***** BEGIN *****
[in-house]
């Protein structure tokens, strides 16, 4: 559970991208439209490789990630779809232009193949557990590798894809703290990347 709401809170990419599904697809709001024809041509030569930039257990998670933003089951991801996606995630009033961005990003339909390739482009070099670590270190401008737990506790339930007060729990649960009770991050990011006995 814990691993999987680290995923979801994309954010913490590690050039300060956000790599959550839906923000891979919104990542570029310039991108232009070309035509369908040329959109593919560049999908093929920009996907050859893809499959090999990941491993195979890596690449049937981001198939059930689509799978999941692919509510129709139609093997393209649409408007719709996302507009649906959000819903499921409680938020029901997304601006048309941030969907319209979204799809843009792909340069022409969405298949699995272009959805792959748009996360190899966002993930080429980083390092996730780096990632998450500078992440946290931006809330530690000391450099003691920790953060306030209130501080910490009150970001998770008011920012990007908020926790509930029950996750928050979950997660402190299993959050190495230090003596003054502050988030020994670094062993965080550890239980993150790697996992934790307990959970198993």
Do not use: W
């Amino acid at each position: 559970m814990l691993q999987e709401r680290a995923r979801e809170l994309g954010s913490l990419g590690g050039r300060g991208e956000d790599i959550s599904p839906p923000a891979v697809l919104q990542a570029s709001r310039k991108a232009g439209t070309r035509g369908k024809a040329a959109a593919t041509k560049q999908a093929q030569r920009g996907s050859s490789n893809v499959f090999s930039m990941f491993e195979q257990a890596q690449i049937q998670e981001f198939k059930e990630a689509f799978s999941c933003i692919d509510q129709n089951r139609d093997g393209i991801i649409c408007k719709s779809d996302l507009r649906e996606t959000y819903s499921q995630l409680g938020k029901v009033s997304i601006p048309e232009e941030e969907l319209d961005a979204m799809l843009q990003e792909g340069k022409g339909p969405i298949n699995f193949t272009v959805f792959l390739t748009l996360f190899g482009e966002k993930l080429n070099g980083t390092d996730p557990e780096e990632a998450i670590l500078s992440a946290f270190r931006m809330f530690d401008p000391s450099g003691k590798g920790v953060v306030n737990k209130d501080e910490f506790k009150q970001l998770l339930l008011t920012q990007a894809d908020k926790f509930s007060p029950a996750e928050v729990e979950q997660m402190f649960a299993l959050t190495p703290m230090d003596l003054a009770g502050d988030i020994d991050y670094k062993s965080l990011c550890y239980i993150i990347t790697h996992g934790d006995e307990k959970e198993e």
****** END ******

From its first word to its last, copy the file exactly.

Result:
[in-house]
């Protein structure tokens, strides 16, 4: 559970991208439209490789990630779809232009193949557990590798894809703290990347 709401809170990419599904697809709001024809041509030569930039257990998670933003089951991801996606995630009033961005990003339909390739482009070099670590270190401008737990506790339930007060729990649960009770991050990011006995 814990691993999987680290995923979801994309954010913490590690050039300060956000790599959550839906923000891979919104990542570029310039991108232009070309035509369908040329959109593919560049999908093929920009996907050859893809499959090999990941491993195979890596690449049937981001198939059930689509799978999941692919509510129709139609093997393209649409408007719709996302507009649906959000819903499921409680938020029901997304601006048309941030969907319209979204799809843009792909340069022409969405298949699995272009959805792959748009996360190899966002993930080429980083390092996730780096990632998450500078992440946290931006809330530690000391450099003691920790953060306030209130501080910490009150970001998770008011920012990007908020926790509930029950996750928050979950997660402190299993959050190495230090003596003054502050988030020994670094062993965080550890239980993150790697996992934790307990959970198993």
Do not use: W
């Amino acid at each position: 559970m814990l691993q999987e709401r680290a995923r979801e809170l994309g954010s913490l990419g590690g050039r300060g991208e956000d790599i959550s599904p839906p923000a891979v697809l919104q990542a570029s709001r310039k991108a232009g439209t070309r035509g369908k024809a040329a959109a593919t041509k560049q999908a093929q030569r920009g996907s050859s490789n893809v499959f090999s930039m990941f491993e195979q257990a890596q690449i049937q998670e981001f198939k059930e990630a689509f799978s999941c933003i692919d509510q129709n089951r139609d093997g393209i991801i649409c408007k719709s779809d996302l507009r649906e996606t959000y819903s499921q995630l409680g938020k029901v009033s997304i601006p048309e232009e941030e969907l319209d961005a979204m799809l843009q990003e792909g340069k022409g339909p969405i298949n699995f193949t272009v959805f792959l390739t748009l996360f190899g482009e966002k993930l080429n070099g980083t390092d996730p557990e780096e990632a998450i670590l500078s992440a946290f270190r931006m809330f530690d401008p000391s450099g003691k590798g920790v953060v306030n737990k209130d501080e910490f506790k009150q970001l998770l339930l008011t920012q990007a894809d908020k926790f509930s007060p029950a996750e928050v729990e979950q997660m402190f649960a299993l959050t190495p703290m230090d003596l003054a009770g502050d988030i020994d991050y670094k062993s965080l990011c550890y239980i993150i990347t790697h996992g934790d006995e307990k959970e198993e």